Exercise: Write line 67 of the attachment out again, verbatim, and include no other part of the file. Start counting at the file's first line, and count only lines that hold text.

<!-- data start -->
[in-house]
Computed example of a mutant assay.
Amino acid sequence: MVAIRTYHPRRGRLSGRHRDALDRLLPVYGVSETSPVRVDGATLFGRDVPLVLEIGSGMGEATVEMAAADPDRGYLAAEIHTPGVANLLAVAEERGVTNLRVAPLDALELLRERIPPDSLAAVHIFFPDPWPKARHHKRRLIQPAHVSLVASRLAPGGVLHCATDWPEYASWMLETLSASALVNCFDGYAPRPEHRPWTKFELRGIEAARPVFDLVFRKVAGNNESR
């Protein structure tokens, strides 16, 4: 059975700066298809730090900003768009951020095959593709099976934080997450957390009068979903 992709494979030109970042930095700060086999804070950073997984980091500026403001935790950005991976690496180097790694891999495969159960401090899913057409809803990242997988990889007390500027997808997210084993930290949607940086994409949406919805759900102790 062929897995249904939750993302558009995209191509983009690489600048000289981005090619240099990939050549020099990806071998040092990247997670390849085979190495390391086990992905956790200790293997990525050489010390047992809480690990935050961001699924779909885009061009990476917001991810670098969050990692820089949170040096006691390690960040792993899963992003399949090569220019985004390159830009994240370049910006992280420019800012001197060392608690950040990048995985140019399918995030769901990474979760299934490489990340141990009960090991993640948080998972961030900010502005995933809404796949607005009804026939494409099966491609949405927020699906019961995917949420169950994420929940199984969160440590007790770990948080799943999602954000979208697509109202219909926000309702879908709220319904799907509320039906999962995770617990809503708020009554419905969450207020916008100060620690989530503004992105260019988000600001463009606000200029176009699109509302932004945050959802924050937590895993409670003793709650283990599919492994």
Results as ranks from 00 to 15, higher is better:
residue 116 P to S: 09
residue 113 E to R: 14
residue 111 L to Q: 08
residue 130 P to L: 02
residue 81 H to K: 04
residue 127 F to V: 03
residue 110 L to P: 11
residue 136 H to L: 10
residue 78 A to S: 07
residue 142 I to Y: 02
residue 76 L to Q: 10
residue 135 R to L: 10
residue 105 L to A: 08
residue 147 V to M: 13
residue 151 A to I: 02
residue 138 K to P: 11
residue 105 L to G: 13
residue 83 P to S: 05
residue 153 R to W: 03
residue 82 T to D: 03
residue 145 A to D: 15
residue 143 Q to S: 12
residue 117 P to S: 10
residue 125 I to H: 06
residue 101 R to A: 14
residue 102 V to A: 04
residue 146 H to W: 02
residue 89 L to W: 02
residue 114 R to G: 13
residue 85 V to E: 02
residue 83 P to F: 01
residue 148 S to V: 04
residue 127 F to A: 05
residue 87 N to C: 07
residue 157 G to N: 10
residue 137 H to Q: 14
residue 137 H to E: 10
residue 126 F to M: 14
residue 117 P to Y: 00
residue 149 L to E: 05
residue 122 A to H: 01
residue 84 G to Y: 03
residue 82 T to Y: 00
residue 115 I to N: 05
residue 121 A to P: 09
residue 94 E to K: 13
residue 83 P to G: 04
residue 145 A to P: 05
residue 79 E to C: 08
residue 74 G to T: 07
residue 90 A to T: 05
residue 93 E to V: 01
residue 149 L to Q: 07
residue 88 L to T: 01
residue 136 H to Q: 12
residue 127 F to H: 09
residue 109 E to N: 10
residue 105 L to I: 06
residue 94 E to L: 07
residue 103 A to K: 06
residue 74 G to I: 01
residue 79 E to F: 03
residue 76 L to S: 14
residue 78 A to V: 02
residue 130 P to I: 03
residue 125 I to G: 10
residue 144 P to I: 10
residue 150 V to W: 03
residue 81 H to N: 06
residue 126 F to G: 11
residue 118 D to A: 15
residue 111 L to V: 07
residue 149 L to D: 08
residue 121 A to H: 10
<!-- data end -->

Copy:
residue 79 E to F: 03